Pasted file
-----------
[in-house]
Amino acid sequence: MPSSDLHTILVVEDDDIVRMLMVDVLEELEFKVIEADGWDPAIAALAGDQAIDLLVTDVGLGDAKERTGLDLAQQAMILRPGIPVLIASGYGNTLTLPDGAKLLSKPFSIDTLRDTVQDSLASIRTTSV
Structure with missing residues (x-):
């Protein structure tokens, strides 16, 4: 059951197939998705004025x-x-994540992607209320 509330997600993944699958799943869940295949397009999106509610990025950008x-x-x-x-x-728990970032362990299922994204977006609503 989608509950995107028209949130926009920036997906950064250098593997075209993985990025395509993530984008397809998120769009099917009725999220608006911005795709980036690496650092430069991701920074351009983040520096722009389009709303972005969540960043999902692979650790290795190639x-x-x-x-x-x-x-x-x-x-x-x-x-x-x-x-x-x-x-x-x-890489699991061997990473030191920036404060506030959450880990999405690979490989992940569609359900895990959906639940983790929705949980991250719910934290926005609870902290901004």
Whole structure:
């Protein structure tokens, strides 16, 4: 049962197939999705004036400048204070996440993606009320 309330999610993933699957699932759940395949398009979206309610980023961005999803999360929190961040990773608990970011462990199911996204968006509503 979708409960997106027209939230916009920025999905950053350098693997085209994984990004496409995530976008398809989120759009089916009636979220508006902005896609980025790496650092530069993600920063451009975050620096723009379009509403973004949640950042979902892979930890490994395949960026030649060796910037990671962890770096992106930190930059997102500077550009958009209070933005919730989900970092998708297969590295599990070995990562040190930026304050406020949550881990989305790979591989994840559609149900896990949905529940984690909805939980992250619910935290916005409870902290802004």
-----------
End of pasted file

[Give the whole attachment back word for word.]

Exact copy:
[in-house]
Amino acid sequence: MPSSDLHTILVVEDDDIVRMLMVDVLEELEFKVIEADGWDPAIAALAGDQAIDLLVTDVGLGDAKERTGLDLAQQAMILRPGIPVLIASGYGNTLTLPDGAKLLSKPFSIDTLRDTVQDSLASIRTTSV
Structure with missing residues (x-):
């Protein structure tokens, strides 16, 4: 059951197939998705004025x-x-994540992607209320 509330997600993944699958799943869940295949397009999106509610990025950008x-x-x-x-x-728990970032362990299922994204977006609503 989608509950995107028209949130926009920036997906950064250098593997075209993985990025395509993530984008397809998120769009099917009725999220608006911005795709980036690496650092430069991701920074351009983040520096722009389009709303972005969540960043999902692979650790290795190639x-x-x-x-x-x-x-x-x-x-x-x-x-x-x-x-x-x-x-x-x-890489699991061997990473030191920036404060506030959450880990999405690979490989992940569609359900895990959906639940983790929705949980991250719910934290926005609870902290901004």
Whole structure:
């Protein structure tokens, strides 16, 4: 049962197939999705004036400048204070996440993606009320 309330999610993933699957699932759940395949398009979206309610980023961005999803999360929190961040990773608990970011462990199911996204968006509503 979708409960997106027209939230916009920025999905950053350098693997085209994984990004496409995530976008398809989120759009089916009636979220508006902005896609980025790496650092530069993600920063451009975050620096723009379009509403973004949640950042979902892979930890490994395949960026030649060796910037990671962890770096992106930190930059997102500077550009958009209070933005919730989900970092998708297969590295599990070995990562040190930026304050406020949550881990989305790979591989994840559609149900896990949905529940984690909805939980992250619910935290916005409870902290802004």